Builders who don't want to go to the extreme can, at the minimum, make it easy for prospective homebuyers by roughing in lines for gas, electric and plumbing to the outdoor area for future outdoor room construction, Darsa said. She suggests that more and more builders are responding to this trend.
"According to the National Association of Home Builders, porches are present in over half of the homes completed in 2006 in the West, South, and Midwest," Darsa said. "Patios are present in slightly more than half of all units only in the South and West regions."
Profits Hit the Deck
This trend toward outdoor living is good news for makers of outdoor furniture and accessories. "The American Institute of Architects reported a significant rise in the outdoor living space investment homeowners are willing to make and a Propane Education & Research Council survey found that grills, fireplaces and fire pits, as well as patio heaters, are three of the top five most popular outdoor features," Darsa said. She added the AIA 2007 Home Design Trends Survey reports that 63% of architects report seeing an increase in client request for outdoor kitchens, fireplaces, etc.
Tlilayatzi suggests that pre-wiring an outdoor space for media is a hot ticket in Southern California, while in Illinois hot tubs enclosed in small outdoor pergola-type buildings are popular items, Dames said.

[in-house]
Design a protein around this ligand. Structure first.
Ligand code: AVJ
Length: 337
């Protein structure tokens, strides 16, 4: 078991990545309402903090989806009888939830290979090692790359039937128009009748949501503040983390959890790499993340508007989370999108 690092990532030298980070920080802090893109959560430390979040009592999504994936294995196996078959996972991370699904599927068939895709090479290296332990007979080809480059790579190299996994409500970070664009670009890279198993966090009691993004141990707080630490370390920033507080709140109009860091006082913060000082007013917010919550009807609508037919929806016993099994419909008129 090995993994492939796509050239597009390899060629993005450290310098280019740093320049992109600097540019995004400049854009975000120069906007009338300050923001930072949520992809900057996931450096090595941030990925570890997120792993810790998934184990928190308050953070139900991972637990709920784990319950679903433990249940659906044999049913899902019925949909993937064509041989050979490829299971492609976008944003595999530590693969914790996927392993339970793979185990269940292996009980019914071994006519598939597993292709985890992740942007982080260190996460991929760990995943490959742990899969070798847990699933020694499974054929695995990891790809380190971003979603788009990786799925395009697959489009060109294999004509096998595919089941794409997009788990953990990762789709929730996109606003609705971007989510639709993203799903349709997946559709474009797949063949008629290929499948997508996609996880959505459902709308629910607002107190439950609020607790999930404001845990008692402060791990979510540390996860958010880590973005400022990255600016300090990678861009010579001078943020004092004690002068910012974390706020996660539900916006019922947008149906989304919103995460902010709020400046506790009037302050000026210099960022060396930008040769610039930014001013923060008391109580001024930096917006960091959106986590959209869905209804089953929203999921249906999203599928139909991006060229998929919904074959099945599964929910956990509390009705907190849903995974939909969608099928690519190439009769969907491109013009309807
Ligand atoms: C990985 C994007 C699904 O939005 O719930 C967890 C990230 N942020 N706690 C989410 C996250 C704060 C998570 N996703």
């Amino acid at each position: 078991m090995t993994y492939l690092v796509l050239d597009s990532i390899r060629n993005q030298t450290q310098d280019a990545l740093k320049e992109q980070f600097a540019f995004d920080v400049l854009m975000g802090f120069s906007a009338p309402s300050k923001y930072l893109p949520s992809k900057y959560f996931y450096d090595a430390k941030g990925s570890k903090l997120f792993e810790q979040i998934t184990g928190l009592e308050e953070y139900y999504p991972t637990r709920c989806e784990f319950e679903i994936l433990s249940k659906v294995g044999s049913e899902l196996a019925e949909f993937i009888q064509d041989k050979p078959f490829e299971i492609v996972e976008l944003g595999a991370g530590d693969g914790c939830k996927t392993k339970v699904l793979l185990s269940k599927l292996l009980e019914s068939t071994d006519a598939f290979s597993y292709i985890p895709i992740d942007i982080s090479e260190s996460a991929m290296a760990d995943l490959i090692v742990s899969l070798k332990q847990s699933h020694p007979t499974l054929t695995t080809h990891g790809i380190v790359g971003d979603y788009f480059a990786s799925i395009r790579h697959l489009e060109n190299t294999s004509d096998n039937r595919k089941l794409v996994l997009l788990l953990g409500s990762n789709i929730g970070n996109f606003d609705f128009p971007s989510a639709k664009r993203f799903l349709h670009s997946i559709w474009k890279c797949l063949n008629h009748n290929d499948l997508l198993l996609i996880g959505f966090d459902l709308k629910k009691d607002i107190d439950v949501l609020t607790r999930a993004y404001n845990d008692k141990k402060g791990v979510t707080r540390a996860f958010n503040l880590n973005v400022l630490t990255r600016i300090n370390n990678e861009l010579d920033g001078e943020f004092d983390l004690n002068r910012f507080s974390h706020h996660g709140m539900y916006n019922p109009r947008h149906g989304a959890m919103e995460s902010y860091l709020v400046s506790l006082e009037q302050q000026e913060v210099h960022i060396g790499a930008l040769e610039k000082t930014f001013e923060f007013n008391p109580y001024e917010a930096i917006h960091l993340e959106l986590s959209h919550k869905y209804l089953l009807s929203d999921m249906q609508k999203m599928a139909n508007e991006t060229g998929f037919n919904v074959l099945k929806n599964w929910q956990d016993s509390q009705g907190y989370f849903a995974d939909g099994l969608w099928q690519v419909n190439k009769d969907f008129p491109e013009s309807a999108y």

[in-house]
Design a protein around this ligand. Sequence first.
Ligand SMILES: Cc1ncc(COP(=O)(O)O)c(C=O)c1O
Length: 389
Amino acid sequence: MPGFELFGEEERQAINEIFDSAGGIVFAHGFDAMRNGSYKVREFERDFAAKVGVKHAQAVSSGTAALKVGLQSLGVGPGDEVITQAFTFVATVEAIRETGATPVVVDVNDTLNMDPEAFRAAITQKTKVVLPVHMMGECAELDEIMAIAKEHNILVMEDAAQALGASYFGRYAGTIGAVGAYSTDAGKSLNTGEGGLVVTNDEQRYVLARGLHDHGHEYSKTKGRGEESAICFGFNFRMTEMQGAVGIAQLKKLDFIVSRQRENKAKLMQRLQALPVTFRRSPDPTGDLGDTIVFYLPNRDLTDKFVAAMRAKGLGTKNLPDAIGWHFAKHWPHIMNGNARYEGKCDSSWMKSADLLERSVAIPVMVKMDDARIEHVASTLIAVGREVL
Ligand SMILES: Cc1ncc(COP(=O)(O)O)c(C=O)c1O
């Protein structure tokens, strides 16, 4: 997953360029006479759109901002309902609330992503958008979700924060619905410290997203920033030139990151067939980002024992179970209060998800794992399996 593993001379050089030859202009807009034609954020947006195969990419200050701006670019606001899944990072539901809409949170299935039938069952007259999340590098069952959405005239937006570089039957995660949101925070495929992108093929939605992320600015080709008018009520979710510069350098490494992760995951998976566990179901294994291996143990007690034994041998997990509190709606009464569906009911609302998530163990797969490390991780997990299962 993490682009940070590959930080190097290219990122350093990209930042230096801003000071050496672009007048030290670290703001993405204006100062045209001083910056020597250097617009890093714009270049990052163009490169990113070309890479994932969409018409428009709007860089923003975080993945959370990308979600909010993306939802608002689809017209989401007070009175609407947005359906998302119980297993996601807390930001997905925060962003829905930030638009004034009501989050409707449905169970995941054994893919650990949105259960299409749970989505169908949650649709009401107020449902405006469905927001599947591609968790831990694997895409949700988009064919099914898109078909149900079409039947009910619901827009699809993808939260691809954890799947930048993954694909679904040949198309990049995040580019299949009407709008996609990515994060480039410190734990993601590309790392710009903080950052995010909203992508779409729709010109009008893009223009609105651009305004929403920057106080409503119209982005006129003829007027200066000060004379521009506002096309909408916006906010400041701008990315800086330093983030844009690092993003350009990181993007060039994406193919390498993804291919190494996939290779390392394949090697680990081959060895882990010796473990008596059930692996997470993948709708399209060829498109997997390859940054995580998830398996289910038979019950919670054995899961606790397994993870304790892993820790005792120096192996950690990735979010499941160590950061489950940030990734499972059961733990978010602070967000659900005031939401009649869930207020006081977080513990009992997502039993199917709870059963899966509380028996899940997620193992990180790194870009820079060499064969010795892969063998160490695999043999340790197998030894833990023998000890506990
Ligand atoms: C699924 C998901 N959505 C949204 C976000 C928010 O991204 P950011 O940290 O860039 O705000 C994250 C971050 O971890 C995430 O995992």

Builders aren't as likely to profit from this trend as much as the manufacturers of outdoor fixtures are. However, those who are responsive to the movement are likely to sell more homes and have an advantage over other builders, which can build profits indirectly. The biggest challenge they face? "Cost versus perceived value," Dames said. "You really need a buyer that has extra spending money to allocate to a room that is not necessarily a requirement in a home. Many of these buyers would be the 'boomers' since they have more expendable income."
"Outdoor rooms and gardens are one of the major attractions to our homes and neighborhoods and, therefore, a very important differentiation and reason to buy our home over another home by another builder," Sessions said. The cost can be equal to heated square footage but buyers may not include it as square footage in their cost comparison, so Sessions recommends builders demonstrate the lifestyle benefits and quote the square footage separately but as living space.
In the end, there is no single, all-important detail to creating a winning outdoor room, but there are three key ingredients, Darsa said. "The mainstays of an outdoor room, as we define one, are: 1) an appliance to cook on; 2) a dining table and chairs to sit and eat; and 3) a hearth product to extend the season."